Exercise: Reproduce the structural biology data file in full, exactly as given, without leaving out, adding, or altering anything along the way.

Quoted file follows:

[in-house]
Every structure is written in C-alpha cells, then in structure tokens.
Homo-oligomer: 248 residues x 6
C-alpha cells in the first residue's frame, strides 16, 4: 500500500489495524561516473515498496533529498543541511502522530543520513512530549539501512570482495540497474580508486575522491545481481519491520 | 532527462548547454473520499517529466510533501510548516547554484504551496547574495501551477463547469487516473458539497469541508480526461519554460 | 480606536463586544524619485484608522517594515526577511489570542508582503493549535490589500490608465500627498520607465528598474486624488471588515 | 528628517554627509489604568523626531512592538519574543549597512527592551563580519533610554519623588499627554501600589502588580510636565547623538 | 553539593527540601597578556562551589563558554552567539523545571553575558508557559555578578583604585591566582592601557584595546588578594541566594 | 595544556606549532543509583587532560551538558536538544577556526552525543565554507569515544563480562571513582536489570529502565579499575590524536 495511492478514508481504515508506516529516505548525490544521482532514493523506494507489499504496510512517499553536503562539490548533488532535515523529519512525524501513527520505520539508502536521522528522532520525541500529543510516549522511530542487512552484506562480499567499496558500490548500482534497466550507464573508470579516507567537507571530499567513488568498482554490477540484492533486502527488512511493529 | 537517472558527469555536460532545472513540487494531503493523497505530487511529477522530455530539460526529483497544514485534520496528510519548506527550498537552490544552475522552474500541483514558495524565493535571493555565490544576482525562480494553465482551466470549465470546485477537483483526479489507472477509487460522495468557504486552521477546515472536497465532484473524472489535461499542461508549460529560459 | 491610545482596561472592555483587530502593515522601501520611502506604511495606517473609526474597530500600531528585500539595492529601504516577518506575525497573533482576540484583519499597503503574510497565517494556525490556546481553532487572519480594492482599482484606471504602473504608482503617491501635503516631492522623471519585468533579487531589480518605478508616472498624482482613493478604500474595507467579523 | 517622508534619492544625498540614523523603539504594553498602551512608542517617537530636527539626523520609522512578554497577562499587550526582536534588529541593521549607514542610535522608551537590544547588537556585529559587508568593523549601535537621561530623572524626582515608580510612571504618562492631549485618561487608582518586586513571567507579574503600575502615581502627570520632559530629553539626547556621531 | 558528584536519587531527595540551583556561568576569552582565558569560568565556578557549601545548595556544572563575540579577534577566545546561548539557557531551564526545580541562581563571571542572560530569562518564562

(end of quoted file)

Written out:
[in-house]
Every structure is written in C-alpha cells, then in structure tokens.
Homo-oligomer: 248 residues x 6
C-alpha cells in the first residue's frame, strides 16, 4: 500500500489495524561516473515498496533529498543541511502522530543520513512530549539501512570482495540497474580508486575522491545481481519491520 | 532527462548547454473520499517529466510533501510548516547554484504551496547574495501551477463547469487516473458539497469541508480526461519554460 | 480606536463586544524619485484608522517594515526577511489570542508582503493549535490589500490608465500627498520607465528598474486624488471588515 | 528628517554627509489604568523626531512592538519574543549597512527592551563580519533610554519623588499627554501600589502588580510636565547623538 | 553539593527540601597578556562551589563558554552567539523545571553575558508557559555578578583604585591566582592601557584595546588578594541566594 | 595544556606549532543509583587532560551538558536538544577556526552525543565554507569515544563480562571513582536489570529502565579499575590524536 495511492478514508481504515508506516529516505548525490544521482532514493523506494507489499504496510512517499553536503562539490548533488532535515523529519512525524501513527520505520539508502536521522528522532520525541500529543510516549522511530542487512552484506562480499567499496558500490548500482534497466550507464573508470579516507567537507571530499567513488568498482554490477540484492533486502527488512511493529 | 537517472558527469555536460532545472513540487494531503493523497505530487511529477522530455530539460526529483497544514485534520496528510519548506527550498537552490544552475522552474500541483514558495524565493535571493555565490544576482525562480494553465482551466470549465470546485477537483483526479489507472477509487460522495468557504486552521477546515472536497465532484473524472489535461499542461508549460529560459 | 491610545482596561472592555483587530502593515522601501520611502506604511495606517473609526474597530500600531528585500539595492529601504516577518506575525497573533482576540484583519499597503503574510497565517494556525490556546481553532487572519480594492482599482484606471504602473504608482503617491501635503516631492522623471519585468533579487531589480518605478508616472498624482482613493478604500474595507467579523 | 517622508534619492544625498540614523523603539504594553498602551512608542517617537530636527539626523520609522512578554497577562499587550526582536534588529541593521549607514542610535522608551537590544547588537556585529559587508568593523549601535537621561530623572524626582515608580510612571504618562492631549485618561487608582518586586513571567507579574503600575502615581502627570520632559530629553539626547556621531 | 558528584536519587531527595540551583556561568576569552582565558569560568565556578557549601545548595556544572563575540579577534577566545546561548539557557531551564526545580541562581563571571542572560530569562518564562